The Job of an Artist

| 7/29/2009 4:02:47 PM

Neuroscientists are unraveling why a Pablo Picasso painting appeals to the human brain. “The job of an artist,” Jonah Lehrer writes for Psychology Today, “is to take mundane forms of reality—whether a facial expression or a bowl of fruit—and make those forms irresistible to the human brain.” Lehrer draws off research by V.S. Ramachandran who found that artists employ “deliberate hyperbole” that makes it easier for people’s minds to decipher what an image really is.

Source: Psychology Today

Tom Hendricks
7/31/2009 11:34:03 AM

OOPS, correction - good art has to be heavy on the RIGHT side. My hemispheres got confused

Tom Hendricks
7/30/2009 12:02:57 PM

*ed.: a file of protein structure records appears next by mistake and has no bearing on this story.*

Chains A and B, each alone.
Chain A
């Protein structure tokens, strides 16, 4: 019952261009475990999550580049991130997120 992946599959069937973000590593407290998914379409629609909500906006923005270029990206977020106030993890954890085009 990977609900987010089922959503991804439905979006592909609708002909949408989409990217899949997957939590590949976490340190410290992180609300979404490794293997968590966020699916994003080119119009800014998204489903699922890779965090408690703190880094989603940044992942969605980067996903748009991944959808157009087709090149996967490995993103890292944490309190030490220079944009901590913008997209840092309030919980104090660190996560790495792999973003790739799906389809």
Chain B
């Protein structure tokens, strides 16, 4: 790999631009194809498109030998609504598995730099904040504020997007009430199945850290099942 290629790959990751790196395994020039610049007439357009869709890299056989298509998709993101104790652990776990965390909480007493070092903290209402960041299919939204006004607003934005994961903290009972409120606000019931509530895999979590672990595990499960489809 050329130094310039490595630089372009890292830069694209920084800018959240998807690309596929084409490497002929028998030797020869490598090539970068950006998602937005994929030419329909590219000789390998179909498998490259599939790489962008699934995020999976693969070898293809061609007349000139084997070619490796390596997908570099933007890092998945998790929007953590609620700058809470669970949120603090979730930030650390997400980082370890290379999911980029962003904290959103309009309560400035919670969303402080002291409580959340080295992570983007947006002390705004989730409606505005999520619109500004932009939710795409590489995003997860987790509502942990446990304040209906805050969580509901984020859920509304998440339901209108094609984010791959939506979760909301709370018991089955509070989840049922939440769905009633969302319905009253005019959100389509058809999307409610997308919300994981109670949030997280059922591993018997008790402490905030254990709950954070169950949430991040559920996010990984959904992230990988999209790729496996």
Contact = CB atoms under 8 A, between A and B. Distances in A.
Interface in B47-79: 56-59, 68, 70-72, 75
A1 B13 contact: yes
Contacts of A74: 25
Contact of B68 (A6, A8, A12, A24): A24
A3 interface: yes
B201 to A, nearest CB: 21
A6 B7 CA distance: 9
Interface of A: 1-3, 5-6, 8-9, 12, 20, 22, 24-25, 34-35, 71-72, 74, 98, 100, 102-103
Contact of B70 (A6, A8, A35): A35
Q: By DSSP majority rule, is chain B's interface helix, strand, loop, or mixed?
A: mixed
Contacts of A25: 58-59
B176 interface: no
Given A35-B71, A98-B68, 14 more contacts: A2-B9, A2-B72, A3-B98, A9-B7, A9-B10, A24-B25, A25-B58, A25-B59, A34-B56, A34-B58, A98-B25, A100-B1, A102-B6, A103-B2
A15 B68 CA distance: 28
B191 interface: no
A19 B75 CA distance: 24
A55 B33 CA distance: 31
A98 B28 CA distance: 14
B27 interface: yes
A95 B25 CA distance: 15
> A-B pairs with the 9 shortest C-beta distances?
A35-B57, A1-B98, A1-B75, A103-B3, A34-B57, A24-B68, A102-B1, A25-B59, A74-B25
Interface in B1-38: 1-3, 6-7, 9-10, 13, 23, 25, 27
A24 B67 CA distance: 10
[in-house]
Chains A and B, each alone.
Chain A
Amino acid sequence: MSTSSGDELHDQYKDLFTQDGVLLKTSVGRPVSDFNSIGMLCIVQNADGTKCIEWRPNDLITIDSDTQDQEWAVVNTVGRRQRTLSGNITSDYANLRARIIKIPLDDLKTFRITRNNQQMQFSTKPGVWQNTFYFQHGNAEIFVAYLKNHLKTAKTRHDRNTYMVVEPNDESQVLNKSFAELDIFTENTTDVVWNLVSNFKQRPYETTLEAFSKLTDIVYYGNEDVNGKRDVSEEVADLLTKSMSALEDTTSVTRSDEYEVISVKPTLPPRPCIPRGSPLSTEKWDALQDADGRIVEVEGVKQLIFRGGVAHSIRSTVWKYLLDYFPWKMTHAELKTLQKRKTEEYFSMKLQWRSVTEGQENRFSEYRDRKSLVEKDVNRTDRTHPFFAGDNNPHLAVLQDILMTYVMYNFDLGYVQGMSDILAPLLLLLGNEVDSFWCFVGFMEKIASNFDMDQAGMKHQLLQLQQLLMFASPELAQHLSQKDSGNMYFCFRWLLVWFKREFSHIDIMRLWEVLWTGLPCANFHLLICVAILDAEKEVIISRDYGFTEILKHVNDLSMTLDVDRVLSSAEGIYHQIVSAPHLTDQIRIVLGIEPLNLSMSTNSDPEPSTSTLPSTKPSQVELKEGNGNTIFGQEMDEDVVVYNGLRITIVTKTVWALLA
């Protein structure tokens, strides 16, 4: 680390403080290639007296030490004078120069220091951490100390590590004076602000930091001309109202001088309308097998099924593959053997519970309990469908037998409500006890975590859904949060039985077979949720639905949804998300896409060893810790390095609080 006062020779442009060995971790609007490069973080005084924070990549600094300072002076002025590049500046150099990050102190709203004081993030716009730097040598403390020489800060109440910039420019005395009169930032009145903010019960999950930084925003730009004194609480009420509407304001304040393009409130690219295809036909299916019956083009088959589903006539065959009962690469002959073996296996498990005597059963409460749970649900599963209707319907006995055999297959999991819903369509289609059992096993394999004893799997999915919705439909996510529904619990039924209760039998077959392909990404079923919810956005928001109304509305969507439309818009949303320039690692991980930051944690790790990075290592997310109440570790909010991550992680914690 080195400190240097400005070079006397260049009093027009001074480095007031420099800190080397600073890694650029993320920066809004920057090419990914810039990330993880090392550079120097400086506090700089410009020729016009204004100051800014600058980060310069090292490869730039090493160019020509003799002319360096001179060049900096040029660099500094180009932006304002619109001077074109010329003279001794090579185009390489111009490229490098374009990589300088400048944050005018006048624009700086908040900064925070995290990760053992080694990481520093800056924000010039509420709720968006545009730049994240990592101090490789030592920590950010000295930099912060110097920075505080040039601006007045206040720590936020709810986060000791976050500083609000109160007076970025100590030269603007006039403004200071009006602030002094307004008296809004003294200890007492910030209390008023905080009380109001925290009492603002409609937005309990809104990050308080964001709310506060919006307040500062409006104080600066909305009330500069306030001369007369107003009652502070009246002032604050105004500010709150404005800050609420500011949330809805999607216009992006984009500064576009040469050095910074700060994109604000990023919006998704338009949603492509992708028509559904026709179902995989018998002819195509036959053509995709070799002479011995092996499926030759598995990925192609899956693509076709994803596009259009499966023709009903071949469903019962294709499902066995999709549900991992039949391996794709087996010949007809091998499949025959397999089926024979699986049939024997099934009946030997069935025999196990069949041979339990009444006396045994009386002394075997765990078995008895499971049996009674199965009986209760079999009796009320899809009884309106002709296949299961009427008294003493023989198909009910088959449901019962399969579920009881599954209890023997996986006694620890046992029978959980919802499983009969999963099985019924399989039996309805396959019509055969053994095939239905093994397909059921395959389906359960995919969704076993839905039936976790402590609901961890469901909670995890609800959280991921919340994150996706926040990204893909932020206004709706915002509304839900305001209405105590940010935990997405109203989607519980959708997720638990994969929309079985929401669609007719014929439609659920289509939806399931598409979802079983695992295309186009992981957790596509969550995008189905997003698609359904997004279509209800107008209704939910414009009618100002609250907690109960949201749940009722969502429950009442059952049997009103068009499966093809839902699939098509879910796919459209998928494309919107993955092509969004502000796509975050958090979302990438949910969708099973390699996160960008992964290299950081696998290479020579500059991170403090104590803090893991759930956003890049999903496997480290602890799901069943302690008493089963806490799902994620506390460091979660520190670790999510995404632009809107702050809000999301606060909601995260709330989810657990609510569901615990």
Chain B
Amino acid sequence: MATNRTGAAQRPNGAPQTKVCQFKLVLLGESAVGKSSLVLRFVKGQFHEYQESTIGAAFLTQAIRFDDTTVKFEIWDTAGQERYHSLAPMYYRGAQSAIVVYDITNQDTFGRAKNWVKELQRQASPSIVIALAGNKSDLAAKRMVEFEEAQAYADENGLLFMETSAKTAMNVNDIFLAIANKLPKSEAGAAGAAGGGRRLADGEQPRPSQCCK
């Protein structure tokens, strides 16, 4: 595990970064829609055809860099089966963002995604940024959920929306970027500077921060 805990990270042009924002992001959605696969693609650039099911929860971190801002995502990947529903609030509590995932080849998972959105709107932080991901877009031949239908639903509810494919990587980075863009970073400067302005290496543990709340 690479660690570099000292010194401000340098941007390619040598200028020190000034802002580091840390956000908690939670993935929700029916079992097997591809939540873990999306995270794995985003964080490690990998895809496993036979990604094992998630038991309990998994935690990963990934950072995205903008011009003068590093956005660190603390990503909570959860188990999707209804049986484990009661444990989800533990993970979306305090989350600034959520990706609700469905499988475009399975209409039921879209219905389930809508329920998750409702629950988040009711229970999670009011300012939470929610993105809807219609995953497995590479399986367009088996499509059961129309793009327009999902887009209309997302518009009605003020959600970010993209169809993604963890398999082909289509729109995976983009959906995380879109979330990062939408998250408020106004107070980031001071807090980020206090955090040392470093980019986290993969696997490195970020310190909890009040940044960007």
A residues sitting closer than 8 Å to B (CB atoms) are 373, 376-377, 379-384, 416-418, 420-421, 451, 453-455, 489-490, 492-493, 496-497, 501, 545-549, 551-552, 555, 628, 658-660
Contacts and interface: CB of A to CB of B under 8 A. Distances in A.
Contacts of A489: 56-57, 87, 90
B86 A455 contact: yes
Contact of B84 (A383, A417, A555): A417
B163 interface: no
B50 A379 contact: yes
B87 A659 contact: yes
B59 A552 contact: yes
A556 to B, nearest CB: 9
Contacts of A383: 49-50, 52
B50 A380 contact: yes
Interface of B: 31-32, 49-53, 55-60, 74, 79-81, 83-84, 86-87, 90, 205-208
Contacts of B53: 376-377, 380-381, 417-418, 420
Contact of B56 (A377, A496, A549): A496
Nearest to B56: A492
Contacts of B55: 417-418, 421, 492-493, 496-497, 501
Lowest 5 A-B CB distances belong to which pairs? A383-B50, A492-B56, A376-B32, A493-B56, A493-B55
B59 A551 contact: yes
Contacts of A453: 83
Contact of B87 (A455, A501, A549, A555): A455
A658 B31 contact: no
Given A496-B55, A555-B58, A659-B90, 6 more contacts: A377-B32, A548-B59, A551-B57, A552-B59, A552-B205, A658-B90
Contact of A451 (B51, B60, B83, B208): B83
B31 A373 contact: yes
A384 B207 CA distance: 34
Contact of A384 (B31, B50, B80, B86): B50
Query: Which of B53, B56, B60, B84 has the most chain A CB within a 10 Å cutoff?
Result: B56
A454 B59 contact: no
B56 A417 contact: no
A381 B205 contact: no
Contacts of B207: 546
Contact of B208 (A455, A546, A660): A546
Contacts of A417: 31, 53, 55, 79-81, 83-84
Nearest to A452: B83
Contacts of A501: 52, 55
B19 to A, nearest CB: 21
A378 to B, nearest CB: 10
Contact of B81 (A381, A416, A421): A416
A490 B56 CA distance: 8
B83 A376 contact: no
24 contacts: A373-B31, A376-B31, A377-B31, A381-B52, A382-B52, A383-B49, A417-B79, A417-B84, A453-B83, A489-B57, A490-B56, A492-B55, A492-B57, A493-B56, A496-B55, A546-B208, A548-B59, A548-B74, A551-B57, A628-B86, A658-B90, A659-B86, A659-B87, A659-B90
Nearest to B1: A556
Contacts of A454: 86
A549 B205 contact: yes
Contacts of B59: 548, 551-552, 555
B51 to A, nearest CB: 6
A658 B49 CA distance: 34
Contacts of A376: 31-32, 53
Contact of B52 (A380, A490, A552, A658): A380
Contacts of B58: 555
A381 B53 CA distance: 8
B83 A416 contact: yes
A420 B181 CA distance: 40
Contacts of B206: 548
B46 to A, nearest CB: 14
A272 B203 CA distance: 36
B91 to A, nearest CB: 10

One thing that is particular to us earthlings (and a good test to find those pesky aliens if they are here) is that because we have two hemispheres of the brain, and because the right is the visual hemisphere - good art has to be heavy on the left side of the painting - to balance out that brain structure prejudice. Look at art again with that in mind. You will find that if you put a hypothetical fulcrum at the bottom of the painting, and asked yourself to which side would it tip due to the composition - it'll almost always tip to the left because of our brain wiring. Go here and see 17,000 Picassos and check for yourself

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